(Updated 12-Oct-2007: Added kaf zechus.)

In today’s world, with the Orthodox community as tiny as it is, dealing with high costs of education and our own needs, our chessed tends to be focused on the helping others within our own communities.

Another factor promoting our insularity is our need to self-define in order to survive. We are more likely to focus on those mitzvos that are uniquely preserved by Orthodox Judaism. Mitzvos championed by non-Orthodox Jews tend to get shorter shrift. This impacts fundamental things like the amount of time spent teaching boys Tanakh or diqduq (Hebrew grammar).

Such need for survival, both to focus on building internally and on defining ourself, is not to be belittled. One can easily argue that any topic it pulls attention from is not any worse off if the community were to ch”v disintegrate and there were no one’s attention to veer. In fact, this seems to be the position of the Mishnah Berurah (694:3, laws of the Purim obligation of matanos la’evyonim, gifts to the poor). He writes that if someone gives a perutah (a minimal coin) to a gentile for reasons other than darkhei shalom, it is theft from the poor (presumably meaning the Jewish poor). One could argue the same reasoning is true of time and energy, not only money. The question is defining “darkhei shalom“, and asking if anyone would give charity to non-Jews for other reasons.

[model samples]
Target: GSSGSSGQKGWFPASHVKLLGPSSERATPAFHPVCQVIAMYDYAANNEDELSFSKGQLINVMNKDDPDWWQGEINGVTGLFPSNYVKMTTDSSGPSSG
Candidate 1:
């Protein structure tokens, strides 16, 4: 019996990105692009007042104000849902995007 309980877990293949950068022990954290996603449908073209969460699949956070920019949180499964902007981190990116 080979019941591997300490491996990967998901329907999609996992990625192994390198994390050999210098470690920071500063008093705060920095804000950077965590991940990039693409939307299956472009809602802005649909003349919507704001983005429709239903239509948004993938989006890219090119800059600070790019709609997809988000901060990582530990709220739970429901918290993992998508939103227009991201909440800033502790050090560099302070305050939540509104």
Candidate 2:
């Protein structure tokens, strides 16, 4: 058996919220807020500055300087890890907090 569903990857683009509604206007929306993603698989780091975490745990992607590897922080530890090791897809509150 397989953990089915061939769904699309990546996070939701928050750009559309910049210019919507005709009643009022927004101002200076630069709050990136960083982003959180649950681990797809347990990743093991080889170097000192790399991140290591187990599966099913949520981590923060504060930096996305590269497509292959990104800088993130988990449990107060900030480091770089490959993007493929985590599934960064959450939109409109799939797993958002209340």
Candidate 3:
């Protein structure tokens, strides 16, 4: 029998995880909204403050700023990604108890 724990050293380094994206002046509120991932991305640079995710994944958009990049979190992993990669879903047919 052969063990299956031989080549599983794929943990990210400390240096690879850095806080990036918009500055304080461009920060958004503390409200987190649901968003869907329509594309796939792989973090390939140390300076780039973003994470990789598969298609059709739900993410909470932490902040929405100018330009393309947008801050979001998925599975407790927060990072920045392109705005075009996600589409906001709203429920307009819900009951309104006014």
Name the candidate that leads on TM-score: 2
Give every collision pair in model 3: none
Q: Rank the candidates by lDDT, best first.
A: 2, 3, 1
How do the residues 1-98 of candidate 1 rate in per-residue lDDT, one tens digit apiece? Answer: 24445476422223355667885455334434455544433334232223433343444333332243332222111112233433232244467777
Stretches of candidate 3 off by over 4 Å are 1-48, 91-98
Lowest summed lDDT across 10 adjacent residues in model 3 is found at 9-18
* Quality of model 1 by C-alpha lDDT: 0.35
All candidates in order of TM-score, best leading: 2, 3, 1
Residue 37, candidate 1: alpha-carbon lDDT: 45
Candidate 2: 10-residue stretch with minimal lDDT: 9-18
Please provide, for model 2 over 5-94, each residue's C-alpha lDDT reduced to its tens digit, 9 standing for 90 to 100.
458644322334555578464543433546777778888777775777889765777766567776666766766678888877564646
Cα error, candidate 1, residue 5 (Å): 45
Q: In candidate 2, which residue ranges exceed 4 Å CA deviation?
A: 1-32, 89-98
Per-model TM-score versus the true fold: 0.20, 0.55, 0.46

But I would argue that the same thing happened to our calling to help others beyond the eiruv. That in an age where “Tikkun Olam” has been hijacked to refer to left-wing political activism, we are artificially playing down the centrality of extending a hand to those not in our little community — whether it’s the local soup kitchen or protesting the killing in Darfur.